Posts Tagged ‘politics’
November 6, 2013 | by Sadie Stein
While things may have been tense around Parliament Hill in the last day, let us take a moment to appreciate something lovely: the neo-Gothic wonder that is Canada’s Library of Parliament. Designed by Thomas Fuller and Chilion Jones, the 1876 structure is not open to the general public, but is portrayed on the Canadian ten-dollar note.
November 5, 2013 | by Sadie Stein
September 26, 2013 | by Casey N. Cep
During the bedtime-story portion of his twenty-one-hours-and-nineteen-minutes-long speech on the floor of Congress, Senator Ted Cruz, in an episode that has already achieved notoriety, read Dr. Seuss’s Green Eggs and Ham as his two daughters watched at home in their pajamas.
“I will credit my father,” Senator Cruz said. “He invented green eggs and ham.” Cruz’s father, the senator remembered, would add food coloring to eggs or mix spinach into them to get the green color.
But not even Dr. Seuss would say that he invented green eggs and ham. It was a bet with his publisher that led Theodor Seuss Geisel to write the book. Bennett Cerf wagered $50 that Geisel could not write a book with only fifty words.
And yet by repeating forty-nine monosyllabic words and a single polysyllabic word (anywhere), Geisel assembled a book with 681 words total that would become his most popular book ever, selling tens of millions of copies. Geisel claimed that Cerf never paid him the $50, but Green Eggs and Ham was one of the many Beginner Books that made the author and his publishing house millions of dollars.
Part of Dr. Seuss’s midcentury success came from federal education reform that dedicated money to stocking school libraries and promoting early education. “Children’s lit,” according to critic Louis Menand, “was a Cold War growth industry, right alongside Boeing, Northrop, and Dow Chemical.”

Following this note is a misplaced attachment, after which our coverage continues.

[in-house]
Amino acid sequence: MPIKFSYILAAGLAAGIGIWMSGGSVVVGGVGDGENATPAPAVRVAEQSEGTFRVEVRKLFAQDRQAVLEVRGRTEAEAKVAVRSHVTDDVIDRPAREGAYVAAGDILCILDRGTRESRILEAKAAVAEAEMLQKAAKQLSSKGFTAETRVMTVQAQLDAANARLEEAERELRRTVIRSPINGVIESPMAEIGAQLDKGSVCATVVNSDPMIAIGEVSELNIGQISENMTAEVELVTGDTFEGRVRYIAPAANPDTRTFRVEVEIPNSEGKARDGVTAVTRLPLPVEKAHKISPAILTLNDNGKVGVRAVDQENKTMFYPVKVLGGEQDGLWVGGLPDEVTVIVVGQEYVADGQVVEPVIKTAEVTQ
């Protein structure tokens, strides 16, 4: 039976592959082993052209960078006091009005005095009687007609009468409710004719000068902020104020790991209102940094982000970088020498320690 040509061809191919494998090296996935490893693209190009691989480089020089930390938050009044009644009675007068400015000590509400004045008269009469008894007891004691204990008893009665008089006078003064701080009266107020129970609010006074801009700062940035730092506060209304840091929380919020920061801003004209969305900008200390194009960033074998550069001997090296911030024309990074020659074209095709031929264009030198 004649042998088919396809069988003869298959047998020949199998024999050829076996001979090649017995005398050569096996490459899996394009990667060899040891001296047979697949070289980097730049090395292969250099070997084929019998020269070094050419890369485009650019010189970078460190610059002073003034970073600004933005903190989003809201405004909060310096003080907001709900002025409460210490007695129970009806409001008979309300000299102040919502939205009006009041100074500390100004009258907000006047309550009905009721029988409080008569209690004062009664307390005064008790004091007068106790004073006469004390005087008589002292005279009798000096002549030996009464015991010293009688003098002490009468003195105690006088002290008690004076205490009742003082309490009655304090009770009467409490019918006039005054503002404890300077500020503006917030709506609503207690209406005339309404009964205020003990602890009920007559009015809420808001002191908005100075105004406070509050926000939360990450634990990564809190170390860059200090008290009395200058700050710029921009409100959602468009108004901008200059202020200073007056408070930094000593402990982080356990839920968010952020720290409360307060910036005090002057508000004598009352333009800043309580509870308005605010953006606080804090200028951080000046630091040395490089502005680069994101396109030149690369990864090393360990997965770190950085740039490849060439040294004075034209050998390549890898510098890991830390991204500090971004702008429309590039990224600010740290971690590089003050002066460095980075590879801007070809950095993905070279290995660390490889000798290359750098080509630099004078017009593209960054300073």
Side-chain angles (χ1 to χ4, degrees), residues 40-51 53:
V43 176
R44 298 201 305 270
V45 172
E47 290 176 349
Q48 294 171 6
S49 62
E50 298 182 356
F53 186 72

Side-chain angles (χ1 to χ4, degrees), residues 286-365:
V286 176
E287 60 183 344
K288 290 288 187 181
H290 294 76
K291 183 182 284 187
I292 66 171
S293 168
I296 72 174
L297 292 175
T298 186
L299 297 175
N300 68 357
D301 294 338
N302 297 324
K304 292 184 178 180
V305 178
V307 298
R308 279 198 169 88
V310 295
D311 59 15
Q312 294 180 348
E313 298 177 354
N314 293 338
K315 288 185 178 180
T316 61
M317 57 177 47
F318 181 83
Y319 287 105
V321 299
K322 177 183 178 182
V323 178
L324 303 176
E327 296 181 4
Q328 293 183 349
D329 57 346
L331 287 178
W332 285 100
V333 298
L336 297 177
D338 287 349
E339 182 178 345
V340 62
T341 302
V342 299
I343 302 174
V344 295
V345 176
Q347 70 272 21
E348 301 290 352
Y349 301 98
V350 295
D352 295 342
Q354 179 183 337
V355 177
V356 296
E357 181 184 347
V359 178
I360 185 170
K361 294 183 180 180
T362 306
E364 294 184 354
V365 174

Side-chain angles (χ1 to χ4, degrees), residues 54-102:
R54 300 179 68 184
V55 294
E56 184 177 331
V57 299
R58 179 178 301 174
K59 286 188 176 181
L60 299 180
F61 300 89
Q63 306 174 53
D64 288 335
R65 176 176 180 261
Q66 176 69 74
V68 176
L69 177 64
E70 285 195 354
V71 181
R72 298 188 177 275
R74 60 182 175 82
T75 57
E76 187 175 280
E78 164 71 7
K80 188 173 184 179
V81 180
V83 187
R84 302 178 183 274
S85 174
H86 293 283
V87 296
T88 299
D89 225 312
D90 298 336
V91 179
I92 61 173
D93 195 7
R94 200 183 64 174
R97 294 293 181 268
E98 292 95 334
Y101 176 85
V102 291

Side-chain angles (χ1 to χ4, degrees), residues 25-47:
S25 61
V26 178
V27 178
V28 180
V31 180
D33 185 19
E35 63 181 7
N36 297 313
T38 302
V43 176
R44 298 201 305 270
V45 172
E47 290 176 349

Dr. Seuss, in particular, was very much of his time, and Menand offers a convincing read of The Cat in the Hat as an allegory for the problems of feminism, communism, and juvenile delinquency. Read More »
August 5, 2013 | by Molly Crabapple
On Tuesday, I sat in a Fort Meade courtroom, waiting to hear if Bradley Manning would be found guilty of treason. Bradley Manning’s trial (like those of hacktivist Jeremy Hammond, or Anonymous-affiliated journalist Barrett Brown) is a trial of modernity. It shows the old world lashing out against an increasingly uncontrollable future.
I was there because I know which side I’m on.
A tight community of supporters has grown around Manning. From veterans and NASA scientists to teenagers and retirees, they stand in the hot sun while drivers from Fort Meade scream insults at them. They wear black T-shirts, printed with the word truth. Many have been coming for years. They speak of Manning as a friend—or, sometimes, their child. They care for him as much as for they do for the truth his leaks represented. They take care of each other. Read More »
June 19, 2013 | by Jonathan Wilson